But I have to be honest and admit that now Christmas is over, Epiphany is one of the last things on my mind.  Instead, this first month of a New Year is weighed down by seasons of another sort.

My news feeds are saturated with stories of the Golden Globes, reminding me that for the entertainment industry this is Awards Season, a time filled with what we might call liturgies of human glory and honor.  In fact, if I was a bit more of an arrogant Hebrew Prophet I would call the awards shows worship services to the idols of vanity.

So too my social media feeds remind me that the NFL is providing another season, or rather a post season.  This week we watched the first of the teams falter in their quest for dominance, a liturgy itself of human strength and cunning.  And we watch and wait to see which team will rise to the top.  150 million will watch the last match, which is a bit more than the number of people who voted for a US President just months ago.  The angry Hebrew prophet in me is tempted to call those games worship services, worship to the idols of violence and competition.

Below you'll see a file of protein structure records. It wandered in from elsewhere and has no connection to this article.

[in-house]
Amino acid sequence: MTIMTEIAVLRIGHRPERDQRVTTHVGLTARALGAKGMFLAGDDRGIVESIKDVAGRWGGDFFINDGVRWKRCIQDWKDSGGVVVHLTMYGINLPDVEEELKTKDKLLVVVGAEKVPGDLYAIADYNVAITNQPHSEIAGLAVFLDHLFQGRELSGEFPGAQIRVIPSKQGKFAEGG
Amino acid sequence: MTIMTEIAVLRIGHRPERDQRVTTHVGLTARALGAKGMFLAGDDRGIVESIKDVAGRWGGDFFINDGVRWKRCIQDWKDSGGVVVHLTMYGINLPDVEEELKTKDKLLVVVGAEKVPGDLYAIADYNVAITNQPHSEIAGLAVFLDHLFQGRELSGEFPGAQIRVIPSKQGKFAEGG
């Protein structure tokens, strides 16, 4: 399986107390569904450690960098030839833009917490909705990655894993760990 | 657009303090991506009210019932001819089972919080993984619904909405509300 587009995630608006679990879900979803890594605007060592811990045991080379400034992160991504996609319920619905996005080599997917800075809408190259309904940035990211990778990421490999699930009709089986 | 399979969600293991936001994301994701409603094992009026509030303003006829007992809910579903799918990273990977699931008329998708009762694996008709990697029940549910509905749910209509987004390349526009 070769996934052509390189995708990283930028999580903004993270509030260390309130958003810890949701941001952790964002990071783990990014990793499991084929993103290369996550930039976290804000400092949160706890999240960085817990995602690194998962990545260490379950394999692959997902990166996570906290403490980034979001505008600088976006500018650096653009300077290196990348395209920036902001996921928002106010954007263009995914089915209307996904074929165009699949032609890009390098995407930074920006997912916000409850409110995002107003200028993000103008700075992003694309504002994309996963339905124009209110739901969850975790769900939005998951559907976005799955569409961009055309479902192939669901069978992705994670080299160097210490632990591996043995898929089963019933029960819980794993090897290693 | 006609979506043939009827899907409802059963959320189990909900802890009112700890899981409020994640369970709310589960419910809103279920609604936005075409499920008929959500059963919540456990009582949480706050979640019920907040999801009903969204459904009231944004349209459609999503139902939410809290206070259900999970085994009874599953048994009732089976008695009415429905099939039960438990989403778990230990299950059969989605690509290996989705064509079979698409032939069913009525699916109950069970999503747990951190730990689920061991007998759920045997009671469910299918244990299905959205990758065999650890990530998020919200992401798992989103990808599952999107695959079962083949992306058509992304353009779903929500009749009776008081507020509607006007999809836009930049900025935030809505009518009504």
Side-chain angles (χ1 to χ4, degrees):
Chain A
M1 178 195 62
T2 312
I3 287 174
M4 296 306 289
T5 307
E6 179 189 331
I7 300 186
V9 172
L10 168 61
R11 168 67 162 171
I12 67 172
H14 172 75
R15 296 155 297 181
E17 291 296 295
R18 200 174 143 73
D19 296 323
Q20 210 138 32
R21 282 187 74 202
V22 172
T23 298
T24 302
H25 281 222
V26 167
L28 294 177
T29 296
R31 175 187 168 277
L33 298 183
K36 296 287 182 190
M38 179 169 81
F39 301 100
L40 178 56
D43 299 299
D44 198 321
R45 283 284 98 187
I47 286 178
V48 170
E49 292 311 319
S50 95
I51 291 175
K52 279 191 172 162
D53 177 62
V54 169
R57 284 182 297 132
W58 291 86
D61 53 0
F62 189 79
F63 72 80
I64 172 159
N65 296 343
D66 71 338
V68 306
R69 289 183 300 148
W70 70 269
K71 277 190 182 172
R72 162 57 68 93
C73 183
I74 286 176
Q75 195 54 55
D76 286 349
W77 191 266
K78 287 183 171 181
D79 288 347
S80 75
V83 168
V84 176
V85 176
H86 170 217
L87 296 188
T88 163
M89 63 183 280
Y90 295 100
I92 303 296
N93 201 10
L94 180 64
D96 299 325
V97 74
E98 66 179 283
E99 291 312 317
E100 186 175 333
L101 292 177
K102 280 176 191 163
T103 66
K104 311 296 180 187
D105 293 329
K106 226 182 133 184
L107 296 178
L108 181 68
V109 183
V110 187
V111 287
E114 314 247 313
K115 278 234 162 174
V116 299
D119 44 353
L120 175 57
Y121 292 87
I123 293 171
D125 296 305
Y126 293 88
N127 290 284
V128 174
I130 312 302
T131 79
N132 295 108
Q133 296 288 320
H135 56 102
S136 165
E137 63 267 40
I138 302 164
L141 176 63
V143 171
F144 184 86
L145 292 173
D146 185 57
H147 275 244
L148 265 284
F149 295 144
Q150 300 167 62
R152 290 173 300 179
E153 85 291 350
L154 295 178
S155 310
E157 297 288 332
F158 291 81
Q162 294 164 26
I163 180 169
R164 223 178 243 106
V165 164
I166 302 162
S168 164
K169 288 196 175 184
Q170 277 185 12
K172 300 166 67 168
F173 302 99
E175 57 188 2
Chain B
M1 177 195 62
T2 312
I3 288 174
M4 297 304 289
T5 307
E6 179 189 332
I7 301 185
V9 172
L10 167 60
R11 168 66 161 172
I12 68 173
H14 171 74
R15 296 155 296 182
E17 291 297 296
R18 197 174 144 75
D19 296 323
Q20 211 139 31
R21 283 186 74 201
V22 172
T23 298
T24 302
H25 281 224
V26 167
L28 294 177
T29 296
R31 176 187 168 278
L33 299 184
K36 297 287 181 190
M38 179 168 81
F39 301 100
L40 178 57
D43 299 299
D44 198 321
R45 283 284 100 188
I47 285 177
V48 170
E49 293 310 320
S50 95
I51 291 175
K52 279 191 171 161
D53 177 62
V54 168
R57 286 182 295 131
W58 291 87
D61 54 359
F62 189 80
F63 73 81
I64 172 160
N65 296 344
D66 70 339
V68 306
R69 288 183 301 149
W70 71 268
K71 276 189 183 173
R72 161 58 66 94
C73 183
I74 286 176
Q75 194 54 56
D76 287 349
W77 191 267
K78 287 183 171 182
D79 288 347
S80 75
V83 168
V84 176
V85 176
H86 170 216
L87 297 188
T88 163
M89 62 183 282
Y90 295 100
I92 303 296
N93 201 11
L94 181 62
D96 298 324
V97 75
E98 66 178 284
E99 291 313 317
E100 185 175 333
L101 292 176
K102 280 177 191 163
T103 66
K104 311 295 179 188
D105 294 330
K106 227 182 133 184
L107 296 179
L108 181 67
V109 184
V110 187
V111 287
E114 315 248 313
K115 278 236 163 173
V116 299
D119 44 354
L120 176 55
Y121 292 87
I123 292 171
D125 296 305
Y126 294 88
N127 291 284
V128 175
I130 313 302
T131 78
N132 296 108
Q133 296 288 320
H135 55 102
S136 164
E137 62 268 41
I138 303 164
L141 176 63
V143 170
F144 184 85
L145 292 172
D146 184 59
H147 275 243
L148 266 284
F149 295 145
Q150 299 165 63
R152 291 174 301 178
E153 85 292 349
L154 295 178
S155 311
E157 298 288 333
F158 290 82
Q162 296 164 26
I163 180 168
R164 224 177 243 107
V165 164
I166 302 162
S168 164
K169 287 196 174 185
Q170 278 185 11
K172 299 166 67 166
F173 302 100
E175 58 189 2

Then there is this other thing weighing on my heart and, mostly, mind.  My church ends its fiscal year on February 28th this year.  With the close of a fiscal year comes a mountain high list of responsibilities.  We have numbers to crunch, vision to share, a new board to elect and goals to set, all of which will be accomplished with no less than 1 dozen business meetings.  We might call these a liturgy of institution.  The arrogant, angry and overwhelmed Hebrew prophet in me is tempted to call those meetings worship services themselves, worship to the idol of human control and manipulation.